Some students will not have anyone to practice their English with outside of the classroom, but creative writing can be a great outlet for students who want to continue practicing at home or at school.

  1. Think in English

When students learn how to communicate their ideas, thoughts and feelings in English they will feel more in control. They will eliminate that step of translating or thinking in their head and it will become more natural for them.

  1. Become More Fluent

There is a sense of accomplishment having learned how to think in English and communicate a story confidently. Practice makes perfect and with each story they write they become more and more fluent.

Do your students have a story to tell?

They can enter the CreatEng Cafe writing competition for their chance to
win prizes and get published.


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Making books look like candy

shutterstock_280154789Patrick Jackson, author of the popular Potato Pals series, Shine On! and Everybody Up!, explores the importance of design and ‘eye candy’ in materials for young learners.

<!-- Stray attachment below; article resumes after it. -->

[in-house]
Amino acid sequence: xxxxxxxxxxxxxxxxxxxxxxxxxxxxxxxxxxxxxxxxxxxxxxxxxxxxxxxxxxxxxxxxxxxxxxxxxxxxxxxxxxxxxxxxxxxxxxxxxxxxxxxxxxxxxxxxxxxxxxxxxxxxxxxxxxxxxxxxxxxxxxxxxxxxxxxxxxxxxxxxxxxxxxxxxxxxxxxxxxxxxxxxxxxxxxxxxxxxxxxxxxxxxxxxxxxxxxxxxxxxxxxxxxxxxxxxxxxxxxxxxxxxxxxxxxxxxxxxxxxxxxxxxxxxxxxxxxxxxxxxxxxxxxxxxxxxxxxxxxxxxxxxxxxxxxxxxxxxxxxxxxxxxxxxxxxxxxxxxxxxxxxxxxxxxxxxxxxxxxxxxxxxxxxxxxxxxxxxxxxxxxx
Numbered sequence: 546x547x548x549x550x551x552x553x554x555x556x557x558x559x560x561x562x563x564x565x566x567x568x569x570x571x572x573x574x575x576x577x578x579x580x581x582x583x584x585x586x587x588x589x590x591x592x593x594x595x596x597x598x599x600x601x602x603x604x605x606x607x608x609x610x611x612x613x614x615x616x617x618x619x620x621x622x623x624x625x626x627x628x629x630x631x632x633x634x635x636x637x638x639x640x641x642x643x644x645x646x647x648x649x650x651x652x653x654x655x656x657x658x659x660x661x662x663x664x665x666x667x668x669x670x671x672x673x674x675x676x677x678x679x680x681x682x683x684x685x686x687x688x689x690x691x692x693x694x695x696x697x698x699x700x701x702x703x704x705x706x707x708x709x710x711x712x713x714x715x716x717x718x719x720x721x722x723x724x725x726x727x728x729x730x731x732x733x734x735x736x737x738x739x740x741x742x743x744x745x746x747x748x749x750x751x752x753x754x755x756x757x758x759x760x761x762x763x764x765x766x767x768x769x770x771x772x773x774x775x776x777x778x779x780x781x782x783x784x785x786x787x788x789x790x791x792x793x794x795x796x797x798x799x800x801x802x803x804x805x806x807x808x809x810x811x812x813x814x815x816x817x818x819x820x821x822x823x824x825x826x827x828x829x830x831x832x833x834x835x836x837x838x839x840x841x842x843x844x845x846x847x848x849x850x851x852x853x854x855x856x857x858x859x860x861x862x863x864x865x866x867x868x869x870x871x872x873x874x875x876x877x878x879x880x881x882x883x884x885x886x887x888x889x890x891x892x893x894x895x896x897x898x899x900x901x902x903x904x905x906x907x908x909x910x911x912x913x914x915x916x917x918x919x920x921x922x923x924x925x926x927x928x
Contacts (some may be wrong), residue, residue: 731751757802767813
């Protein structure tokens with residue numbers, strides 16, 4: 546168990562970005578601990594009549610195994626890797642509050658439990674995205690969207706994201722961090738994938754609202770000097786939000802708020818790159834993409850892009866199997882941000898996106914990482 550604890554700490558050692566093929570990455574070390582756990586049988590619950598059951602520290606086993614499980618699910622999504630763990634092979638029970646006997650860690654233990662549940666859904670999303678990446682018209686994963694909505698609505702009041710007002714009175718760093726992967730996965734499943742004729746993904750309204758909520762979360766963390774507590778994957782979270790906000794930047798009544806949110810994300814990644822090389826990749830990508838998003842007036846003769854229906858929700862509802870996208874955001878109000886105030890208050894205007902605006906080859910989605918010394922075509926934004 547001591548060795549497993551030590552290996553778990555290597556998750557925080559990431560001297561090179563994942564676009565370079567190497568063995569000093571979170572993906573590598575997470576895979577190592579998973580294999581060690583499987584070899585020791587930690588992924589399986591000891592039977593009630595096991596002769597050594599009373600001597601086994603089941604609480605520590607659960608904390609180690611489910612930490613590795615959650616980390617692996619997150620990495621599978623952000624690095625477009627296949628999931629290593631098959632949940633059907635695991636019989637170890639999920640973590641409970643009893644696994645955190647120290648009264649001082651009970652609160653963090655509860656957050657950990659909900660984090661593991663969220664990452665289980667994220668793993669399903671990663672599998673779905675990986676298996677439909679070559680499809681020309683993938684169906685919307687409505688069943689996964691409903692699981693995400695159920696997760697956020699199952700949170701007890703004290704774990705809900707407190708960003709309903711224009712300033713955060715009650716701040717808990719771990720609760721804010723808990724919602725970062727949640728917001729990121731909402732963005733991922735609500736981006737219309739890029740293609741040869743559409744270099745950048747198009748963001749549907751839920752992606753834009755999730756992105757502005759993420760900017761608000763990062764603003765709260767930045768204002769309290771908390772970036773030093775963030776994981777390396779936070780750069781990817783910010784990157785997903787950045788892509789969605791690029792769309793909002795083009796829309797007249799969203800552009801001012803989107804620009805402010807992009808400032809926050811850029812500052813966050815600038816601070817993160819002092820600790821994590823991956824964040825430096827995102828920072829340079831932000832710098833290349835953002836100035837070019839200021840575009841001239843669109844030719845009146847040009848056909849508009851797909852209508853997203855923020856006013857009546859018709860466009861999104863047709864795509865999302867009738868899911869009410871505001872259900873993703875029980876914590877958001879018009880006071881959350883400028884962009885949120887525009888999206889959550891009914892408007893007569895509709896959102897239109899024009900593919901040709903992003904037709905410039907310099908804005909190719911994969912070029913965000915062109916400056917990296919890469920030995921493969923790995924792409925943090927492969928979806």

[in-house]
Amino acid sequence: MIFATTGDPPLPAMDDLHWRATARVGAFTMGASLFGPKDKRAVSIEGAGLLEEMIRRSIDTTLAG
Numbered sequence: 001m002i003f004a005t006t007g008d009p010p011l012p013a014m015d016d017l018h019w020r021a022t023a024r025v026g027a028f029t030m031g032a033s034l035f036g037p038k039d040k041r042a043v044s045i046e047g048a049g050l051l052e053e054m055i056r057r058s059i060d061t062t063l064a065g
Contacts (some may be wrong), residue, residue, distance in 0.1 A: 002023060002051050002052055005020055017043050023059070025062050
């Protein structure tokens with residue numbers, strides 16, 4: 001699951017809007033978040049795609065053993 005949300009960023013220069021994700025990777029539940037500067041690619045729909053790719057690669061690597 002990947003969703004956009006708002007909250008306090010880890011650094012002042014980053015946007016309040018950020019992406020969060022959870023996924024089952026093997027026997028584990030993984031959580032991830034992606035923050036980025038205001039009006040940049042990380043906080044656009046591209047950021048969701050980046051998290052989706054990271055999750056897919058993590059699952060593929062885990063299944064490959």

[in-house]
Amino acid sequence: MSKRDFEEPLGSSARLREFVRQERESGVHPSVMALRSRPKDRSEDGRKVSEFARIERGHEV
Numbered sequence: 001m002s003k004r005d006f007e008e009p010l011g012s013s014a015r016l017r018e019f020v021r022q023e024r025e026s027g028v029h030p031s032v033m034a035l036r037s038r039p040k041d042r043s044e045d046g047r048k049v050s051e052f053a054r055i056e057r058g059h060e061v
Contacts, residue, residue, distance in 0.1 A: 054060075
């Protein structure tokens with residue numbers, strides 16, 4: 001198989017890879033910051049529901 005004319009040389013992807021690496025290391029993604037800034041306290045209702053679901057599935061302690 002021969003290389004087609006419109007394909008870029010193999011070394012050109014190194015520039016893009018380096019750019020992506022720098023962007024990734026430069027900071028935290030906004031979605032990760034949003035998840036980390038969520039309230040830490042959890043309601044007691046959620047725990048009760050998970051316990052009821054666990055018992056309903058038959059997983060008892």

In the natural world, colour and pattern are keys to reproduction and survival. The attention of bees is guided by precisely marked, competing flowers. Camouflaged moths hug tree trunks, invisible to their predators. Birds and animals show off their plumage and markings to attract a partner. Phosphorescent creatures in the warmer oceans mirror the night sky, filled with the stars that guide our journeys across its expanses.

The same is true with the learning journey we embark on with pre-elementary and elementary students. The learning materials we use must guide, motivate and excite, firstly and above all through the eyes of our young students. The characteristics and effectiveness of materials are largely determined by the visual impression they make and the deeper design decisions that undergird their development. As teachers and publishers we rightly should embrace the extent to which design decisions influence the whole learning process.